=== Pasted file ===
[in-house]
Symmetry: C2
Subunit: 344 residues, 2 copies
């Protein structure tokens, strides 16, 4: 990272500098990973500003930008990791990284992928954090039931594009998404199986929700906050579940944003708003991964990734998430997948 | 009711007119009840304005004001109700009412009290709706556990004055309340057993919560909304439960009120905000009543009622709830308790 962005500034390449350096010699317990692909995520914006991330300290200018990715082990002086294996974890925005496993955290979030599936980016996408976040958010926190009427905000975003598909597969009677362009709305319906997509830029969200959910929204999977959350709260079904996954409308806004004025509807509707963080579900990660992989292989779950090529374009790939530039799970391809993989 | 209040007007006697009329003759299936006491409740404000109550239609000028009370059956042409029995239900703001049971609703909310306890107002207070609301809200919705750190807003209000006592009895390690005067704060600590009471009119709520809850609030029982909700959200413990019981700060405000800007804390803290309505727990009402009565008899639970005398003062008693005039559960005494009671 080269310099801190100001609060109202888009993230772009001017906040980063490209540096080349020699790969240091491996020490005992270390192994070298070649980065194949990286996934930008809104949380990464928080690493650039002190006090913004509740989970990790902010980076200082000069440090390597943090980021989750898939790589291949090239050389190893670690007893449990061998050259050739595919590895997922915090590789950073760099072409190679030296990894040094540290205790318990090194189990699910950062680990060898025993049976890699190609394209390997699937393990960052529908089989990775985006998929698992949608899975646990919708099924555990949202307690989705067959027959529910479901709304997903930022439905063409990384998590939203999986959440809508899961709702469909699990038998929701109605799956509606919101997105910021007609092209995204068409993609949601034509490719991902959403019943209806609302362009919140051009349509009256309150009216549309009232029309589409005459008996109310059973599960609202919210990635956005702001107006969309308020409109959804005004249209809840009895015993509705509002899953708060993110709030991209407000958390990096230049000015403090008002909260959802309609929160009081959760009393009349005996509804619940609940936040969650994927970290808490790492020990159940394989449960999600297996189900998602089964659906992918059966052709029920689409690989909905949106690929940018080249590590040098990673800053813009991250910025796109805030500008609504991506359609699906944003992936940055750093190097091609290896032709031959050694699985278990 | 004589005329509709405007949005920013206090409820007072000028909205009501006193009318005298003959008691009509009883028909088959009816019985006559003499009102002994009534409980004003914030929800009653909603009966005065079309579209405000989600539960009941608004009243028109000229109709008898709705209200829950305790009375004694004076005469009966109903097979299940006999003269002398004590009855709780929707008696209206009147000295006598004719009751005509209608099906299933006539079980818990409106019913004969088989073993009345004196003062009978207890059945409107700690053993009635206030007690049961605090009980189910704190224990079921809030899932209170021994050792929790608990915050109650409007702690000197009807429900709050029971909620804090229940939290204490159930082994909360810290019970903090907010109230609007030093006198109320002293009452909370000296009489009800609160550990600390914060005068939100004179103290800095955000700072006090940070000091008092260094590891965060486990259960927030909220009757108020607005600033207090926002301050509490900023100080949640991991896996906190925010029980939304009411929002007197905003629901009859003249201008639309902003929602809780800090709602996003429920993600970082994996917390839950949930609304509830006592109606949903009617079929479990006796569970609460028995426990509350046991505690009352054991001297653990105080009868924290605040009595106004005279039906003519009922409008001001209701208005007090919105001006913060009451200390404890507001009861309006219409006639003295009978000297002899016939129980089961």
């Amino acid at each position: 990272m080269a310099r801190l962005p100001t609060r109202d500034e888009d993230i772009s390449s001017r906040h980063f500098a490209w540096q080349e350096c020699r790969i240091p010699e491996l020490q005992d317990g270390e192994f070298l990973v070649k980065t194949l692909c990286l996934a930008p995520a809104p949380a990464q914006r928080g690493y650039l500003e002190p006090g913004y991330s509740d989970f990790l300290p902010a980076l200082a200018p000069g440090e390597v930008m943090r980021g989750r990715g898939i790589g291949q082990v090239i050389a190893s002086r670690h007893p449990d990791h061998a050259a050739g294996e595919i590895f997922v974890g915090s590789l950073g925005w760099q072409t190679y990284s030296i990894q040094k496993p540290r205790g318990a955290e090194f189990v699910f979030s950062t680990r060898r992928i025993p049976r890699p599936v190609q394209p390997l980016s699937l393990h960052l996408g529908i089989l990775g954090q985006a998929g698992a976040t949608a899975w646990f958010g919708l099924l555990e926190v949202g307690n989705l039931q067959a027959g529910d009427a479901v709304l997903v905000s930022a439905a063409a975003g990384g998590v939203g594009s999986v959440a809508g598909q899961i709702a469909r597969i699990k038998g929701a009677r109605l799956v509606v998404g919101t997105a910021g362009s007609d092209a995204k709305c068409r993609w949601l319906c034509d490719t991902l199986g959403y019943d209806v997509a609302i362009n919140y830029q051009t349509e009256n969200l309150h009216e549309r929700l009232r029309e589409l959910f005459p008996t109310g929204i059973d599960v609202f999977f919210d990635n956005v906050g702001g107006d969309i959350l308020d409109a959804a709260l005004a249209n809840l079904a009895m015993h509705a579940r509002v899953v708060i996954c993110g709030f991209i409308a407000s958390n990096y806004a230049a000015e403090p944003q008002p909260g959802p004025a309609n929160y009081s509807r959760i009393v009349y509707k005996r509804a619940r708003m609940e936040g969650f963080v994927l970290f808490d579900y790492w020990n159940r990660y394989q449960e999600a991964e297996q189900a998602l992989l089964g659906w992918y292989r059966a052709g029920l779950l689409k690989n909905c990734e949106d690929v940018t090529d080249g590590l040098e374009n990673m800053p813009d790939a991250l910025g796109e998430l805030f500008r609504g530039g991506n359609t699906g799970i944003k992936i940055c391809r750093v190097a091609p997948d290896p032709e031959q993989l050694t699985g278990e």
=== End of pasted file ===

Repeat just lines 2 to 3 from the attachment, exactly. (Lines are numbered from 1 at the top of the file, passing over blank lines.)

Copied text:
Symmetry: C2
Subunit: 344 residues, 2 copies